A further 10 people with COVID-19 have died in the Republic.
One death that had previously been classed as COVID-related has been denotified, so the number of deaths now stands at 1,506.
Meanwhile, 426 new cases of the virus have been confirmed, bringing the total number of cases here to 23,827. This jump in cases is due to one hospital only reporting all of its accumulated cases since March today.
Data from the Health Protection Surveillance Centre shows that of the 23,259 cases reported to it as of midnight on May 12, 3,053 (13%) have been hospitalised and of these, 387 have been admitted to ICU.
Some 7,123 cases are associated with healthcare workers.
Over 11,000 cases have occurred in Dublin, which is 49% of all cases nationwide.
According to the chairperson of the National Public Health Emergency Team's (NPHET) Irish Epidemiological Modelling Advisory Group, Prof Philip Nolan, the reproduction number (R0 or r-nought) of the virus is currently between 0.4 and 0.6".
The R0 represents how many people the average person with the virus is likely to infect in a completely susceptible population. The higher the R0, the faster the disease spreads. For example, an R0 of three means that each person with the virus is likely to infect three others. An R0 of one means they are likely to infect one other person.
"All indicators of the spread of COVID-19 are decreasing, including the average number of cases per day, number of people in hospital and ICU, admissions to ICU and number of reported deaths per day.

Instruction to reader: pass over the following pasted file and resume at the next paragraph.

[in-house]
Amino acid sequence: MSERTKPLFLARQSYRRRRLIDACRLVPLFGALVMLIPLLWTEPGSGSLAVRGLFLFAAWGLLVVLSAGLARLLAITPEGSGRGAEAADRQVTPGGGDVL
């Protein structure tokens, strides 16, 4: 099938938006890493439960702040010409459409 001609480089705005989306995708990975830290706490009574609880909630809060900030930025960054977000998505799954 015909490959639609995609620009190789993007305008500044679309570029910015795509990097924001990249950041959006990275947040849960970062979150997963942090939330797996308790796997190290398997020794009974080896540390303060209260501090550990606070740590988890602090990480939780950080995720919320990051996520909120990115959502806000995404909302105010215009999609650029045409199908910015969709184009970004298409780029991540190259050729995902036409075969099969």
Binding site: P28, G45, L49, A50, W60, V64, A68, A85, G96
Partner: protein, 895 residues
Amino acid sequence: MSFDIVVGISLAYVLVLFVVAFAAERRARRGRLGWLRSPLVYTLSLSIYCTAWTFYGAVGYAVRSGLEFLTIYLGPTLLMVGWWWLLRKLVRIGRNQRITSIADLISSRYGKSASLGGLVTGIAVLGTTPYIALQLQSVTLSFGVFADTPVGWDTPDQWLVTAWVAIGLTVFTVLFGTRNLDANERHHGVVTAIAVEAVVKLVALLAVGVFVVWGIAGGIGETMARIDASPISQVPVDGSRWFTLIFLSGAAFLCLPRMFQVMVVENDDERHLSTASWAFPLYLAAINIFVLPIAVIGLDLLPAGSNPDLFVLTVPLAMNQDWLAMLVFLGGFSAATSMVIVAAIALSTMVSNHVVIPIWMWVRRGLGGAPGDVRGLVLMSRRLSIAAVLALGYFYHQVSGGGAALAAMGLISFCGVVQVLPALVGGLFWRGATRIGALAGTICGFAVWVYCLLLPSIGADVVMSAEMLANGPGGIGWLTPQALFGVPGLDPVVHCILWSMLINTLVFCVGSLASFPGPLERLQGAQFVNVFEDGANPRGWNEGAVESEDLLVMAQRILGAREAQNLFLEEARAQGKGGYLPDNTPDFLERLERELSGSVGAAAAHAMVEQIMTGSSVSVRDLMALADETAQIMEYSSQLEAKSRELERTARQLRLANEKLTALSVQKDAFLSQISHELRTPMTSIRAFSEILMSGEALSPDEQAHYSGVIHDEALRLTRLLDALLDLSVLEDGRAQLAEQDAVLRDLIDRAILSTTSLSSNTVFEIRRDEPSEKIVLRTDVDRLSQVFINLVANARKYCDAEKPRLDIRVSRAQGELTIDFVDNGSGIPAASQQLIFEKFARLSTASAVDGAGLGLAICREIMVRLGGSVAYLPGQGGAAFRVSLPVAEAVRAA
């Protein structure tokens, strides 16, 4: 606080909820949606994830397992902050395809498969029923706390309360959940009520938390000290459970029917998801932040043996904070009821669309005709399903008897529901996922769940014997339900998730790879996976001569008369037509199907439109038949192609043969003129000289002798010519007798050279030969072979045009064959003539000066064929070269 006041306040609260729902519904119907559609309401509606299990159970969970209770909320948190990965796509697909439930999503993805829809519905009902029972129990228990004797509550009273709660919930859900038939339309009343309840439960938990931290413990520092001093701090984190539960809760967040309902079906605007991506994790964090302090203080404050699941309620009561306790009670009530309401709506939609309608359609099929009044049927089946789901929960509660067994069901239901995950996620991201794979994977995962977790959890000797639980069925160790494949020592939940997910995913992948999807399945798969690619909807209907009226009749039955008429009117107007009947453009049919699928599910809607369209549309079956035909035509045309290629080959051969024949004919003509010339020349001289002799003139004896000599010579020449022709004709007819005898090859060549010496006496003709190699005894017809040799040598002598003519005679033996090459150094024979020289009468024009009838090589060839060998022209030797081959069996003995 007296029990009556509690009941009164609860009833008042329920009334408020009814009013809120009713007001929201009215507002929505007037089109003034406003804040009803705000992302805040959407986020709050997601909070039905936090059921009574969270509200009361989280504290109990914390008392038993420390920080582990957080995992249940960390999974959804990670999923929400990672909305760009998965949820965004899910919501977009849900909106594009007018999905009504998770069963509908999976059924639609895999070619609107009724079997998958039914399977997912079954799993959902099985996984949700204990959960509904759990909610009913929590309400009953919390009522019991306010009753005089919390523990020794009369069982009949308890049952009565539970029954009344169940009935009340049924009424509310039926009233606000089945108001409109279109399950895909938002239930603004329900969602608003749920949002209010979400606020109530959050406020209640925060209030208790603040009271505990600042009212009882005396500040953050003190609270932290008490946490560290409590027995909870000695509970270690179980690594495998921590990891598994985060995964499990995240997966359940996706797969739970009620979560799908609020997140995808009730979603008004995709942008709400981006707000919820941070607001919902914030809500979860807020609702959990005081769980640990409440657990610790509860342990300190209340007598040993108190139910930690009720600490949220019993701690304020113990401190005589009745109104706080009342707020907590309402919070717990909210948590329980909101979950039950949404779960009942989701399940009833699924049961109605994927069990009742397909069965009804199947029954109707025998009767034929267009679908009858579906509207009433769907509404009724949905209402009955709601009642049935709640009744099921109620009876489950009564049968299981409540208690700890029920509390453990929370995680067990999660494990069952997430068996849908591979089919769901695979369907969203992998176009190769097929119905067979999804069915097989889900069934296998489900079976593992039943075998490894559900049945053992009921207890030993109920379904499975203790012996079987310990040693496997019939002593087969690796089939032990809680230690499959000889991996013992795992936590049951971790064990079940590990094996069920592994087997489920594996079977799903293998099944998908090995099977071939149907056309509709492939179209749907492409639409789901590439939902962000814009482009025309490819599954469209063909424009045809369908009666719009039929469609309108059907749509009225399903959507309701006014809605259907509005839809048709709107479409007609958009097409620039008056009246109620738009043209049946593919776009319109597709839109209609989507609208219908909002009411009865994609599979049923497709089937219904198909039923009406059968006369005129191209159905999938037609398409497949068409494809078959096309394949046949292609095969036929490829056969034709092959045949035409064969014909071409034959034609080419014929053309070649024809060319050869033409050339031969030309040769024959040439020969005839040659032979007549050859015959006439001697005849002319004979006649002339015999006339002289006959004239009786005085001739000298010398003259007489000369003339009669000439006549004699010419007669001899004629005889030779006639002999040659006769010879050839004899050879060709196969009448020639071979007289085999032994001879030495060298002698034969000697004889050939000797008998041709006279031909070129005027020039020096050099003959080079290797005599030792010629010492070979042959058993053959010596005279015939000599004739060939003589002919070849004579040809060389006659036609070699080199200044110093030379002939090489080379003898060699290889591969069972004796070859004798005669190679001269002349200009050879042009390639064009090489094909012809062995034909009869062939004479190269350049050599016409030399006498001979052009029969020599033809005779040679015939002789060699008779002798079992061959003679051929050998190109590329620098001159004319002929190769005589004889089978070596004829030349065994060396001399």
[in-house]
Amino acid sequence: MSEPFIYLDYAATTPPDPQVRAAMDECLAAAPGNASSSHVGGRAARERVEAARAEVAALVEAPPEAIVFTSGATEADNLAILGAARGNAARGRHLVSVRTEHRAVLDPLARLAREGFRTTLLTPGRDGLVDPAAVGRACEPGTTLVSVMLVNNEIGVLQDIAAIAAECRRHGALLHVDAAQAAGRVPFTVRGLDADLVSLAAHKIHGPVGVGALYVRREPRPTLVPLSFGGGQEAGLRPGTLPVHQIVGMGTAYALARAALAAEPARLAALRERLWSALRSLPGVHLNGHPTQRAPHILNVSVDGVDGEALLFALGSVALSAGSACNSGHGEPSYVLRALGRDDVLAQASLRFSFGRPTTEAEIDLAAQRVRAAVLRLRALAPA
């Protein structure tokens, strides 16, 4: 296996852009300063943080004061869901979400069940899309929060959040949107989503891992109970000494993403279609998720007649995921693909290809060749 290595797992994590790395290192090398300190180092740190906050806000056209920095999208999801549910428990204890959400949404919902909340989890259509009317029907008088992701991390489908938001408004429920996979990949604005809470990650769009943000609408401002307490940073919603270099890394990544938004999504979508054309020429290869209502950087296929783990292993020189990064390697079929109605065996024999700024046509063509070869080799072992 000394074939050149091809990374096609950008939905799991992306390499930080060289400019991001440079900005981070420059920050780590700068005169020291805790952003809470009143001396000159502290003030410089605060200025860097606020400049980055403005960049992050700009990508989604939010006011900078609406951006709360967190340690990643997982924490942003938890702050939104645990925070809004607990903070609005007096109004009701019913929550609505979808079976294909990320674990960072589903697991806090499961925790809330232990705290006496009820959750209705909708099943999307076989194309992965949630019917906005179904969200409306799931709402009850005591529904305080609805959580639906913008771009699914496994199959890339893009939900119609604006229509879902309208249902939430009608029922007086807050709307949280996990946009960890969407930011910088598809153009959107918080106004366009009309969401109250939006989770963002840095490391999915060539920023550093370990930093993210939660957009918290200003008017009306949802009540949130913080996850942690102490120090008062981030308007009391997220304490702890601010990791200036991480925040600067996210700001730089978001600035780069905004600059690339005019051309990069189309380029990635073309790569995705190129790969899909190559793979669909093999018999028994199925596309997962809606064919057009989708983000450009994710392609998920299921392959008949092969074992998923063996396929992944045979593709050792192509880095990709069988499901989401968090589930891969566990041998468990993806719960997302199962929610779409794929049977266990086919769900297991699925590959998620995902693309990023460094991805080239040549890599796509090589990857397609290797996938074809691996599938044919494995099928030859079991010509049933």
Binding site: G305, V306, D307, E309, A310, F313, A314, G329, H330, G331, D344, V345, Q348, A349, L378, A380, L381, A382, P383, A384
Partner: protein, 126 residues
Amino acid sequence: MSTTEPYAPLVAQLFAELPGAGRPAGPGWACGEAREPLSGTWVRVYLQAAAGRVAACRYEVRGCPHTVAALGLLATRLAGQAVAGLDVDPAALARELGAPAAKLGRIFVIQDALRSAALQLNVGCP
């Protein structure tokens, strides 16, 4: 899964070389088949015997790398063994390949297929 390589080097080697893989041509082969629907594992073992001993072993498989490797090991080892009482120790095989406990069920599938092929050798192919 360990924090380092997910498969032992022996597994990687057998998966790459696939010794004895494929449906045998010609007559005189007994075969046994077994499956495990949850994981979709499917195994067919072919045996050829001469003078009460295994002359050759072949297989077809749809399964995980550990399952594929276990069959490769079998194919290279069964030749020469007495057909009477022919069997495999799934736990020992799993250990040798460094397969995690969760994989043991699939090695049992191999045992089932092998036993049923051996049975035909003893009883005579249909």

"This is reinforced by our estimate reproduction number, which is currently stable between 0.4 and 0.6. We will be monitoring this figure and the overall number of infections in the population very closely over the coming weeks," he commented.
Meanwhile, the Department of Health's chief medical officer, Dr Tony Holohan, said that NPHET met today "and has given further advice to Government".
"We still want to see progress over the coming days. We need to continue our physical distancing and hygiene measures if we are to continue to suppress the spread of the disease," he said.
COVID-19 is spread through close contact with an infected person's body fluids (e.g. droplets from coughing or sneezing), or by touching surfaces that an infected person has coughed or sneezed on. It can take up to 14 days for symptoms of the virus to show. These may include a fever, a persistent cough, shortness of breath and breathing difficulties.
COVID-19 can also cause more severe illnesses, including pneumonia and severe breathing difficulties. Some 80% of cases will be mild to moderate, 14% will be more severe, while 6% will be critical.
The current restrictions in relation to COVID-19 are now in place until May 18. As part of these restrictions, everybody is asked to stay at home, except in specific circumstances. These include:
-Travelling to and from work in circumstances where the work is an essential health, social care or other essential service that cannot be done from home
-To shop for essential food and household goods
-To attend medical appointments
-For vital family reasons, such as caring for children or elderly people
-To take brief individual exercise within your locality, which may include children from your household, however this should be within 5km of your home.
All public and private gatherings of any number of people outside a single household or living unit are prohibited.
Those over the age of 70 and medically vulnerable people continue to be cocooned, however since May 5, those over the age of 70 can leave their home for exercise, as long as they stay within 5km of their home and socially distance themselves from everybody.
ALONE, the organisation that supports older people to age at home, is running a national support line for older people facing difficulties due to COVID-19. The support line is open every day from 8am to 8pm, call 0818 222 024.
For more information on COVID-19, click here.
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